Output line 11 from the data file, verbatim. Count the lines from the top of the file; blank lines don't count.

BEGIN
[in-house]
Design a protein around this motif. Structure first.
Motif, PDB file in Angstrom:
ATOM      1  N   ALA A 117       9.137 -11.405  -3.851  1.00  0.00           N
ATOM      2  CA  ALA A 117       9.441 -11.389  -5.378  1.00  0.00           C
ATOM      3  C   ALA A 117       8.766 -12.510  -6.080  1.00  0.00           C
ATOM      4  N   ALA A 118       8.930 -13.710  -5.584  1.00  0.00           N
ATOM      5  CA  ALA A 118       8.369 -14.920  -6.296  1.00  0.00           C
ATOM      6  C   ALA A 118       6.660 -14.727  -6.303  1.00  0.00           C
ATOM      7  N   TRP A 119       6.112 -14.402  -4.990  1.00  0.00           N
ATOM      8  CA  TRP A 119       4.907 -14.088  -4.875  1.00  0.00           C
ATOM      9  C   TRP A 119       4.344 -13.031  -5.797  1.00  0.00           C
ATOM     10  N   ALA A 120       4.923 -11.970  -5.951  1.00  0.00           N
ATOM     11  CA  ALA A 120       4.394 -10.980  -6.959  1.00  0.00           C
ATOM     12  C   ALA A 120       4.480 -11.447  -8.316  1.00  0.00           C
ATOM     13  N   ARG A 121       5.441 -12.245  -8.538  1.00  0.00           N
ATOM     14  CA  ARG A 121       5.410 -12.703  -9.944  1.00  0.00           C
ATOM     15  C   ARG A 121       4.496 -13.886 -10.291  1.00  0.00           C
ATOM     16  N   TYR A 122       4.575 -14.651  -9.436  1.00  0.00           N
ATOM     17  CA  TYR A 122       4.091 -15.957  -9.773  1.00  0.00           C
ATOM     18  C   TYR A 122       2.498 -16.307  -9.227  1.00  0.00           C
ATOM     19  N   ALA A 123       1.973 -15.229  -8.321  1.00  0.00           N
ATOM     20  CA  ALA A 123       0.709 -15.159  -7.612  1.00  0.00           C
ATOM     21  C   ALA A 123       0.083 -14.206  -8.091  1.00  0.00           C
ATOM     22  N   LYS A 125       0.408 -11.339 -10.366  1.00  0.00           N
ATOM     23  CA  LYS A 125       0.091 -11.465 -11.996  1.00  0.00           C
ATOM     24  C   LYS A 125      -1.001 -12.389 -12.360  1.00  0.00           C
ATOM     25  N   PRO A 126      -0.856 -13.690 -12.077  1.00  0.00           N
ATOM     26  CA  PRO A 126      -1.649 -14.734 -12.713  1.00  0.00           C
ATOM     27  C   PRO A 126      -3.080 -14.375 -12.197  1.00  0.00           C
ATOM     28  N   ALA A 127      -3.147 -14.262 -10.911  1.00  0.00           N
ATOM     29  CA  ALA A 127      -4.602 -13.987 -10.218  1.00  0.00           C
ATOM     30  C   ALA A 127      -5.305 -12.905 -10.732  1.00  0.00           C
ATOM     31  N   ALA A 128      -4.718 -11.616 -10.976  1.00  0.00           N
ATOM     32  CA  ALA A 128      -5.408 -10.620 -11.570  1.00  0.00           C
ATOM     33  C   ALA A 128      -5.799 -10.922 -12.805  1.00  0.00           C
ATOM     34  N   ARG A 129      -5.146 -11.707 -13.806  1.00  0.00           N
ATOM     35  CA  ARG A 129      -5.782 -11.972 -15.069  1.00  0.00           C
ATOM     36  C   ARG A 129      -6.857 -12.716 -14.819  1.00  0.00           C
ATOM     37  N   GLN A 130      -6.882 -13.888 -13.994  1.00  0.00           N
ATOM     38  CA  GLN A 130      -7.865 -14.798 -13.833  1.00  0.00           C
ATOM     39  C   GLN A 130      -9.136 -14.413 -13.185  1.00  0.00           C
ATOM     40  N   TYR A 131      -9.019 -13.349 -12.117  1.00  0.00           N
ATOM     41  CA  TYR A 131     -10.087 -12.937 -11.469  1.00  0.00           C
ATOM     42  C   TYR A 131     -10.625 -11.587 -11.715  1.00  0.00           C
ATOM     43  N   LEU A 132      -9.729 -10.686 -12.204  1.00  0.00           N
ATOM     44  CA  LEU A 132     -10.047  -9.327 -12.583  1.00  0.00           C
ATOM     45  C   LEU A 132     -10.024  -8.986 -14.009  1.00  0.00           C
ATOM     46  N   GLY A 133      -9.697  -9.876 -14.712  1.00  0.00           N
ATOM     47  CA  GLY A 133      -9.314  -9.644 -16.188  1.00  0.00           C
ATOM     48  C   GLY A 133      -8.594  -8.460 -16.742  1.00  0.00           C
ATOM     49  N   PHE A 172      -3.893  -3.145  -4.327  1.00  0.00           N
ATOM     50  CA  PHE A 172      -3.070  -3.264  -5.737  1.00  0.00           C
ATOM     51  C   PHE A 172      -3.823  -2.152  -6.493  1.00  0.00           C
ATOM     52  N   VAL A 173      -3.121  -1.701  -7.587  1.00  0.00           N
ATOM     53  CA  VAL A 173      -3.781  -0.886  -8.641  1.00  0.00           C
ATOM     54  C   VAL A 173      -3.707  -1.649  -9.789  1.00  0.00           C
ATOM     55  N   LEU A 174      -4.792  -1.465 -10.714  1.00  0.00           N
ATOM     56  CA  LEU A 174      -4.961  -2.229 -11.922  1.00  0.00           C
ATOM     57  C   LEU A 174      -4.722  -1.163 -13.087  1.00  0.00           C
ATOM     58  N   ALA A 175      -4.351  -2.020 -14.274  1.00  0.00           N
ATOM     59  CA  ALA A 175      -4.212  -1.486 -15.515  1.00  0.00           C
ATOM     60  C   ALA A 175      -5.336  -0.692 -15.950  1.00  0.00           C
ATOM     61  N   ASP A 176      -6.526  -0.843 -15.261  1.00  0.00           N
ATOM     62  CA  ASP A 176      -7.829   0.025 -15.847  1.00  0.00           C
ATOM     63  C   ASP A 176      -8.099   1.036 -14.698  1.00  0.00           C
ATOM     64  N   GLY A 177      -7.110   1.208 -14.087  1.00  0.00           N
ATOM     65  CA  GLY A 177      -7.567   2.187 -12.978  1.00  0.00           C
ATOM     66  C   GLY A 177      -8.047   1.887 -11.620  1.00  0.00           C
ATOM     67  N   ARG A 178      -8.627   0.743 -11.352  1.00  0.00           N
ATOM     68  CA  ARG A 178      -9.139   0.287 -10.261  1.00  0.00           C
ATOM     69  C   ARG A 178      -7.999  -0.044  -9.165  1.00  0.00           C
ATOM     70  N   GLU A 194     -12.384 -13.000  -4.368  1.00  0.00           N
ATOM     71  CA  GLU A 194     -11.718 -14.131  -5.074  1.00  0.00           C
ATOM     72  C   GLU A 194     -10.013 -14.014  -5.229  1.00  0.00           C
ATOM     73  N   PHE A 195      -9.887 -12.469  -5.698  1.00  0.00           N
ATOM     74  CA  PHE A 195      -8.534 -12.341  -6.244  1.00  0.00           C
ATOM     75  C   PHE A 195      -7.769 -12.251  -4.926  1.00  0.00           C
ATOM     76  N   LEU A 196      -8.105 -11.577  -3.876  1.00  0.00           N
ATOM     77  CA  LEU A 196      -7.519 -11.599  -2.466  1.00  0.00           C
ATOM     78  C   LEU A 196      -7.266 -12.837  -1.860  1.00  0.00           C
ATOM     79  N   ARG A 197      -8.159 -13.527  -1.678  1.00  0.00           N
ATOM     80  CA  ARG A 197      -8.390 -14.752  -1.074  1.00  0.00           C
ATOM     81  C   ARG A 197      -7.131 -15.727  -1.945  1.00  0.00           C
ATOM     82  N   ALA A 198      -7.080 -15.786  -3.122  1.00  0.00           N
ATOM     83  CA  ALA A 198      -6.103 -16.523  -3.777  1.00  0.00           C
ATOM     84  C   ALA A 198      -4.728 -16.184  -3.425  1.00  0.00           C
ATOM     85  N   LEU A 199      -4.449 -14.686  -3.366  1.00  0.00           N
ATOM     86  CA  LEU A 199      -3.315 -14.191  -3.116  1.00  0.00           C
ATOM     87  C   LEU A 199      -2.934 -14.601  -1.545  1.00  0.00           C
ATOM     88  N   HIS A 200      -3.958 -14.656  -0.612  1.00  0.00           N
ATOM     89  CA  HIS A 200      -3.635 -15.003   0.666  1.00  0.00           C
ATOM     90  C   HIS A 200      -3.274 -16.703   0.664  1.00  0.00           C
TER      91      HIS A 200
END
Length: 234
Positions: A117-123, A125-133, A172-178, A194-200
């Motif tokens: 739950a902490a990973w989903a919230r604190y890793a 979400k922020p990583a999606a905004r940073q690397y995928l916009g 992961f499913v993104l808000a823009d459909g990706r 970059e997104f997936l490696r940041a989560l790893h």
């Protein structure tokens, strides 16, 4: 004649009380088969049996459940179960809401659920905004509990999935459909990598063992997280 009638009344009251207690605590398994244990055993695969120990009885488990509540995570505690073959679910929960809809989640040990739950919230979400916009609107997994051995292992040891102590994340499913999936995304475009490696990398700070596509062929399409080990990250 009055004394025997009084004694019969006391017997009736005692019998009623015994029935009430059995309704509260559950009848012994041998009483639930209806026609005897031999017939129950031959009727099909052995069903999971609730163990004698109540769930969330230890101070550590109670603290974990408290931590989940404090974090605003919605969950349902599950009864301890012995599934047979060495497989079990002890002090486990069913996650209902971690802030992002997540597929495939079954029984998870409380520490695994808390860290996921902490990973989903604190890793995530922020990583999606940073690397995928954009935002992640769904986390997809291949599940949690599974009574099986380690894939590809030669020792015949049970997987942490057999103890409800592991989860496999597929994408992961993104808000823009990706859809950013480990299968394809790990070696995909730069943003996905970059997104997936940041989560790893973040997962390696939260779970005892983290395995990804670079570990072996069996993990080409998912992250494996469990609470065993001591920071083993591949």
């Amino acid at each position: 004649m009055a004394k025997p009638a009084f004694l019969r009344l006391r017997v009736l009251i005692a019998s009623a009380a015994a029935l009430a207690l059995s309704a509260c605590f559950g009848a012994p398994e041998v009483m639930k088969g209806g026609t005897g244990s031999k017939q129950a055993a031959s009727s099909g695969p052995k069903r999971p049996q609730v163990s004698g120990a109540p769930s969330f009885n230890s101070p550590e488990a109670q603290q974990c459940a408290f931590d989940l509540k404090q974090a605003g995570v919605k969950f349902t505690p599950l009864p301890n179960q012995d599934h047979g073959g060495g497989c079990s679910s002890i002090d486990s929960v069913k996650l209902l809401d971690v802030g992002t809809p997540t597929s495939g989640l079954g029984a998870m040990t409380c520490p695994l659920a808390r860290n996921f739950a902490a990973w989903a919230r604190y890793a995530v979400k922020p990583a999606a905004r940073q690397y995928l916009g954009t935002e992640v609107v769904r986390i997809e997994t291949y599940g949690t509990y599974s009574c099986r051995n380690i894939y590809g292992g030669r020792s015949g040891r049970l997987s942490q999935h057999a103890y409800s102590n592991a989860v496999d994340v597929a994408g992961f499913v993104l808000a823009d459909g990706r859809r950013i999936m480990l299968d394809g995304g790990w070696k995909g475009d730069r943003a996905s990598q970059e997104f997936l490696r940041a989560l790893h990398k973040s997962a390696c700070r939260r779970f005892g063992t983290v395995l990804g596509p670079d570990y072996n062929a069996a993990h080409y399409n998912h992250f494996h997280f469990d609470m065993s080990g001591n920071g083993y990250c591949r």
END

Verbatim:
ATOM      8  CA  TRP A 119       4.907 -14.088  -4.875  1.00  0.00           C